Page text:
setzer777 wrote:Why would you expect that unless you were assuming a very specific God from the start? If you start with the general idea of a creator, there are many possibilities: It doesn't care whether humans believe in it, it only needs a very of small number of humans for its purposes, it doesn't have enough control over the universe to ensure it has enough believers, it's too busy dealing with other things to pay much attention to its human believers or keep up the numbers.
I'm working backwards from the religions that exist. If a religion is true, it's likely to be one of the major ones (if God does in fact exist). Obviously there's the possibility that God exists as you describe, but if that is the case then we will never know so you might as well not bother.
setzer777 wrote:That's a pretty strong contention: "far better supported by logic and evidence". What's your basis for the claim, I mean, how comprehensive a study of major religions have you made to come to that conclusion? I could see saying: "Christianity is the first religion I encountered, and I think it has enough evidence to warrant belief without considering alternatives", but to say that it is "far better supported by logic and evidence" and be justified would take a huge amount of historical/philosophical study of all the religions.
Well, I haven't studied other religions in great detail. But from what I've read, Christianity still makes the most sense. What I meant was, it is far better supported by logic and evidence from my point of view! I can't make that claim objectively (although I think it's true). Christianity is different to a lot of other religions though - it describes events that took place on earth, historically, rather than "I've just received a revelation from God, and here it is..." Jesus claimed to be God, rather than just having received a revelation from him which we have to take completely on trust.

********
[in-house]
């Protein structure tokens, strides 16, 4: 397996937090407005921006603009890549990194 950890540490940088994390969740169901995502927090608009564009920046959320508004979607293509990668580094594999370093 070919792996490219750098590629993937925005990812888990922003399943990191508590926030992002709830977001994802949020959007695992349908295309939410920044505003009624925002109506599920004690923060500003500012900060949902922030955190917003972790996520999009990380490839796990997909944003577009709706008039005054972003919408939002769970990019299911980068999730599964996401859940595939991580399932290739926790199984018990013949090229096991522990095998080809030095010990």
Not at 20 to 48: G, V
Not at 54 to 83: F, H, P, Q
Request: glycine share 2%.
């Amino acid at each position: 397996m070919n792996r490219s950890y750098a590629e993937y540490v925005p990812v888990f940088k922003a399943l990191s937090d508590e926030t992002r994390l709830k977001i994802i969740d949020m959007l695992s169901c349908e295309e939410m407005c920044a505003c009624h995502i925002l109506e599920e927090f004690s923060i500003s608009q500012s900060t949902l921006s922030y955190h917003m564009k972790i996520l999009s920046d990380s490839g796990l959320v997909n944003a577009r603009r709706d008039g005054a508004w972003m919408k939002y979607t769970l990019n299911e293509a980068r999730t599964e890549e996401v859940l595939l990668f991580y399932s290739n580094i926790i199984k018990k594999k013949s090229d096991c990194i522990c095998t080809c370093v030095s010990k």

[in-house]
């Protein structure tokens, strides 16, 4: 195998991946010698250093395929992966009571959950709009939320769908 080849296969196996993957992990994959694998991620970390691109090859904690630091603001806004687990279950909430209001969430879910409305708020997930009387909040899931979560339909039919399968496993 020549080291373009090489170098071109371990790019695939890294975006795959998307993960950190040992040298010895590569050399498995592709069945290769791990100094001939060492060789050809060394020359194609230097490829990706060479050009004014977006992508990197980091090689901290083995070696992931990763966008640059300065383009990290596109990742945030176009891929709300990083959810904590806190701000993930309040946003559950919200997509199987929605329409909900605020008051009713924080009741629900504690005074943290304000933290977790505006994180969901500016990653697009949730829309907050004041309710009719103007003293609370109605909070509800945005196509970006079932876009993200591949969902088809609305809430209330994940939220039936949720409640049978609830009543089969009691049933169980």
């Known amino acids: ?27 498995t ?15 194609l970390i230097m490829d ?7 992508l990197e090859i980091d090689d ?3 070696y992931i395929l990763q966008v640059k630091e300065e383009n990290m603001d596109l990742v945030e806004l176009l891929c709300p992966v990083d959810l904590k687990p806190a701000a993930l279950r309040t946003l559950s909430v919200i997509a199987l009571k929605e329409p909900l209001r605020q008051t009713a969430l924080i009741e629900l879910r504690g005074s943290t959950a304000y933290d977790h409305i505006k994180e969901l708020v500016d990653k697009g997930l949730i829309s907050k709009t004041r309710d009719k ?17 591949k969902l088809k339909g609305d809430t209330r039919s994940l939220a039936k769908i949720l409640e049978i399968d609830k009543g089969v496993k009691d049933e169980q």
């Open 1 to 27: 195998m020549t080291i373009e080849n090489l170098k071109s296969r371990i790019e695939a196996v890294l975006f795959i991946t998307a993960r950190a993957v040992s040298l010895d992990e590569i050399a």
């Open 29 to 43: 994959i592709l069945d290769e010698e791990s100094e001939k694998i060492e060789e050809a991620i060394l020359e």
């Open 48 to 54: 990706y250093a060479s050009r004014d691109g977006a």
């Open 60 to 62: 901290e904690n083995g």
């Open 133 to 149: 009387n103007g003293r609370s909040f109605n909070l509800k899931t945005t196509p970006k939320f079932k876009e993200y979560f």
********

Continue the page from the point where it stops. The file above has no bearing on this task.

And Christian theology, IMO, hangs together pretty solidly. I'm not saying that there aren't some things which are difficult or even impossible to understand, but on the whole it's remarkably consistent for a book which was written over a couple of thousand years. I don't know if you've looked into theology much but it might be worth doing. I studied a unit called 'Introduction to the Bible', from the Moore Theological College in Sydney (it was a correspondence course) - it was probably the most helpful thing I've ever done with respect to my understanding of the Bible.
Ixtellor wrote:Islam is full of grace as well as the Jewish faith.
Are they? Judaism perhaps, to a limited extent, but you're going to have to back up what you say about Islam. As I understand it, Muslims are still required to earn God's favour by what they do. Perhaps BeerBottle could explain a bit more.
The Great Hippo wrote:Right, except there were significant differences, portions that were completely changed, new portions added in - so on, etc. Can you cite a source that shows that the Dead Sea Scrolls are miraculously closer to our current documentation than what we would expect from a historical document, i.e., proof that a miraculous preservation took place? I imagine this would be a Pretty Big Dealtm if it was true, so.
It's hard to find good resources on the Dead Sea Scrolls. But none of the sources I've read are using the DSS as evidence that the Bible has been heavily edited, indeed most argue the opposite: apparently the scrolls found of Isaiah match up 95% with the proto-masoretic text (the 'canonical' version) and most of the variants are spelling or 'slip of the pen' kind of errors. In fact I could find nothing which claimed that the DSS invalidated the Biblical canon in any way.